“The defendant has as a politician taken active part in the political debate as a part in his work for a restrictive policy on aliens turned against Muslims. It cannot in itself be considered criminal in such debate to argue with a reference to Islamic texts or to societal consequences of the program of fundamentalistic Muslims. References of this kind cannot, however, justify insults and degradation as the ones expressed in the defendant’s statements. A debate on the political goals of the defendant is not precluded by a criminalization of such statements. The consideration of a particularly extensive freedom of expression10 for politicians in controversial societal matters can therefore not give grounds for exemption from punishment for the defendant.”(ibid. at 2247).
In this context DACoRD briefly observes that its observation is made out of grave concern over the fact that the Prosecution Authorities has in recent years made a series of similar decisions refusing to investigate and prosecute complaints concerning statements from politicians using a similar approach in misrepresenting the Supreme Court judgement in the Glistrup case. Some of these have reached the international level, cf. eg. Gelle v. Denmark, CERD No. 34/2004 where CERD found a violation of ICERD Art. 6, in regard to statements targeting Somalis in Denmark and set forth by Ms. Kjærsgaard. The statements in that case have subsequently been repeated in 2006 by another member of the Danish Popular Party, Søren Espersen, MP. The investigation of his case was discontinued on the same misrepresentation of the Glistrup judgment and a complaint is presently pending before the Committee on the Elimination of Racial Discrimination, CERD No. 43/2008. Another case concerning statements by Ms. Kjærsgaard against Somali is similarly pending before CERD: Jama v. Denmark, No. 41/2008. A similar case Andersen v. Denmark, HRC Com. No. 1868/2009 is currently pending before the Human Rights Committee, citing Art. 20(2) alone and in conjunction with Art. 27 as well as Art. 2 on effective remedies, is expected to be considered by the Human Rights Committee at its July 2010 Session. Extensive comments by DACoRD were submitted in the latter case on 29 June 2009. A case a against 2 MPs and one MEP for Islamophobic statements by MP Søren Krarup, MP Morten Messerschmidt and MEP Mogens Camre is furthermore pending before the Human Rights Committee, Com. No. 1879/2009, Abdul Wahid Pedersen v. Denmark.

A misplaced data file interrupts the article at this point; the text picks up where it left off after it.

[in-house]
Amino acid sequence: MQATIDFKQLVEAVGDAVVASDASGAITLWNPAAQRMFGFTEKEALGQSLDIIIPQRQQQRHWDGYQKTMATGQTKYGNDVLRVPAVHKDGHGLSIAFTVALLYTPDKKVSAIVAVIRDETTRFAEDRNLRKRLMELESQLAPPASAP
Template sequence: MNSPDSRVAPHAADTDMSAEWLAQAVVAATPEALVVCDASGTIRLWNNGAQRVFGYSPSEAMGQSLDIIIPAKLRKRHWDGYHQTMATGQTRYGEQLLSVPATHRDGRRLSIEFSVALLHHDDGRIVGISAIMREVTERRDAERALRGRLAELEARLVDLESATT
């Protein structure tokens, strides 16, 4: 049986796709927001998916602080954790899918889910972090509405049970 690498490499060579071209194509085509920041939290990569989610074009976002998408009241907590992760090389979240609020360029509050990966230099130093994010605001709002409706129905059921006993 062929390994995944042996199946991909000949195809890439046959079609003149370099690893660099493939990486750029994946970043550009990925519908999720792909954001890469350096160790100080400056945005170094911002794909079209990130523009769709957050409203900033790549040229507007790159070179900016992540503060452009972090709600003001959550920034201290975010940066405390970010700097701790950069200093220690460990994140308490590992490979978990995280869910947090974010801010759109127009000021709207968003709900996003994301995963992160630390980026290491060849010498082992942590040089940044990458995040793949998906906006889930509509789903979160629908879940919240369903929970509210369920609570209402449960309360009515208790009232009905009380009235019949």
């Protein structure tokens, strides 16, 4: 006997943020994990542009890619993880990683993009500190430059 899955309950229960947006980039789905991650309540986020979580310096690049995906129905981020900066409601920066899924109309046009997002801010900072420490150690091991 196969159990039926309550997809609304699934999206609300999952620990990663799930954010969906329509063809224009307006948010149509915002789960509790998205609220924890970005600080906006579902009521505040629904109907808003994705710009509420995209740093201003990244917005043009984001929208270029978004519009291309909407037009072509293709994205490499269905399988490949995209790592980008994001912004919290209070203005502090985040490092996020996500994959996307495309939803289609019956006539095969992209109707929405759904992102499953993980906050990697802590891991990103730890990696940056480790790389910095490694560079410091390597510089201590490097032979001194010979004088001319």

on these cases DACoRD observes that the law and practice must secure effective remedies against human rights violations. Purely administrative remedies as a complaint to the policies not sufficient, if the State party cannot demonstrate to the Committee, that the investigative steps have been sufficient and effective in practice. In the cases above no precise information has been given. The executive may not be prepared to tolerate and let go unpunished serious human rights violations notwithstanding the official status of the perpetrator. The duty to investigate violations of human rights violations implies also a correlative duty in appropriate cases to prosecute criminally, try and punish those held responsible for such violations. This duty applies a fortiori in cases such as mentioned above where the perpetrators of such violations are identified. Adoption of laws or a change in practice under existing law that effectively excludes the possibility of investigation into past, present and future human rights violations prevents States from discharging its responsibility to provide effective remedies to victims, and may contribute to an atmosphere of impunity which may give rise to further grave human rights violations.
Failing to prosecute Ms. Kjærsgaard and other members of the Danish People’s Party, the Prosecution Service has in fact given carte blanche to conduct a systematic islamophobic
10 A notion suggested by the defence counsel for Mr. Glistrup during oral proceedings.